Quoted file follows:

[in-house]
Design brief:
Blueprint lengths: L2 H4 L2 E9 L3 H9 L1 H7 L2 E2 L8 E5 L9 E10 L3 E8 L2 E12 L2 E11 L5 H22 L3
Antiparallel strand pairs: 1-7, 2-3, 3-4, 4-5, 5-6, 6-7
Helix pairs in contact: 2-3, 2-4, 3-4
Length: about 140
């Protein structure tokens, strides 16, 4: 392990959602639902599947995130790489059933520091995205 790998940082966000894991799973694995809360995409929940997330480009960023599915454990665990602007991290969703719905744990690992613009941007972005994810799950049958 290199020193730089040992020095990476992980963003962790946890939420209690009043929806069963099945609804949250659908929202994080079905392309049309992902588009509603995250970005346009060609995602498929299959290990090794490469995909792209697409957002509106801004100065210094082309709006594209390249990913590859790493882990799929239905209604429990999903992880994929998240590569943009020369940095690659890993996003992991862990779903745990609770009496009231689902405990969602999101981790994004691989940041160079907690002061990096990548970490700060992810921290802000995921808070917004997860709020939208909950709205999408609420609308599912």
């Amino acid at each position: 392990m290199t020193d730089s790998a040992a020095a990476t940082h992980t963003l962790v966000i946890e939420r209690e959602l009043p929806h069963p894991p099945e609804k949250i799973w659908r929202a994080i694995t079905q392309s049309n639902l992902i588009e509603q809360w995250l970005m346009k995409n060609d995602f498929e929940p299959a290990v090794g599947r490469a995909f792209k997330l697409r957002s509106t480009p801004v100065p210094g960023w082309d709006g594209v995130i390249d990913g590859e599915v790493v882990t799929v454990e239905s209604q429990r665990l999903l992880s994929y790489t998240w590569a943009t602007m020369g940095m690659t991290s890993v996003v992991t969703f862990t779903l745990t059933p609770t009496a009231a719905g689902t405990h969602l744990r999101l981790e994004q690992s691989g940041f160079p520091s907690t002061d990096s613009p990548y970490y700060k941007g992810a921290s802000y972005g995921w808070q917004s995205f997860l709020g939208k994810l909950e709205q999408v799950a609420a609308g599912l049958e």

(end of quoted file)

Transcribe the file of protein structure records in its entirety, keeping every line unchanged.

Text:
[in-house]
Design brief:
Blueprint lengths: L2 H4 L2 E9 L3 H9 L1 H7 L2 E2 L8 E5 L9 E10 L3 E8 L2 E12 L2 E11 L5 H22 L3
Antiparallel strand pairs: 1-7, 2-3, 3-4, 4-5, 5-6, 6-7
Helix pairs in contact: 2-3, 2-4, 3-4
Length: about 140
């Protein structure tokens, strides 16, 4: 392990959602639902599947995130790489059933520091995205 790998940082966000894991799973694995809360995409929940997330480009960023599915454990665990602007991290969703719905744990690992613009941007972005994810799950049958 290199020193730089040992020095990476992980963003962790946890939420209690009043929806069963099945609804949250659908929202994080079905392309049309992902588009509603995250970005346009060609995602498929299959290990090794490469995909792209697409957002509106801004100065210094082309709006594209390249990913590859790493882990799929239905209604429990999903992880994929998240590569943009020369940095690659890993996003992991862990779903745990609770009496009231689902405990969602999101981790994004691989940041160079907690002061990096990548970490700060992810921290802000995921808070917004997860709020939208909950709205999408609420609308599912």
């Amino acid at each position: 392990m290199t020193d730089s790998a040992a020095a990476t940082h992980t963003l962790v966000i946890e939420r209690e959602l009043p929806h069963p894991p099945e609804k949250i799973w659908r929202a994080i694995t079905q392309s049309n639902l992902i588009e509603q809360w995250l970005m346009k995409n060609d995602f498929e929940p299959a290990v090794g599947r490469a995909f792209k997330l697409r957002s509106t480009p801004v100065p210094g960023w082309d709006g594209v995130i390249d990913g590859e599915v790493v882990t799929v454990e239905s209604q429990r665990l999903l992880s994929y790489t998240w590569a943009t602007m020369g940095m690659t991290s890993v996003v992991t969703f862990t779903l745990t059933p609770t009496a009231a719905g689902t405990h969602l744990r999101l981790e994004q690992s691989g940041f160079p520091s907690t002061d990096s613009p990548y970490y700060k941007g992810a921290s802000y972005g995921w808070q917004s995205f997860l709020g939208k994810l909950e709205q999408v799950a609420a609308g599912l049958e």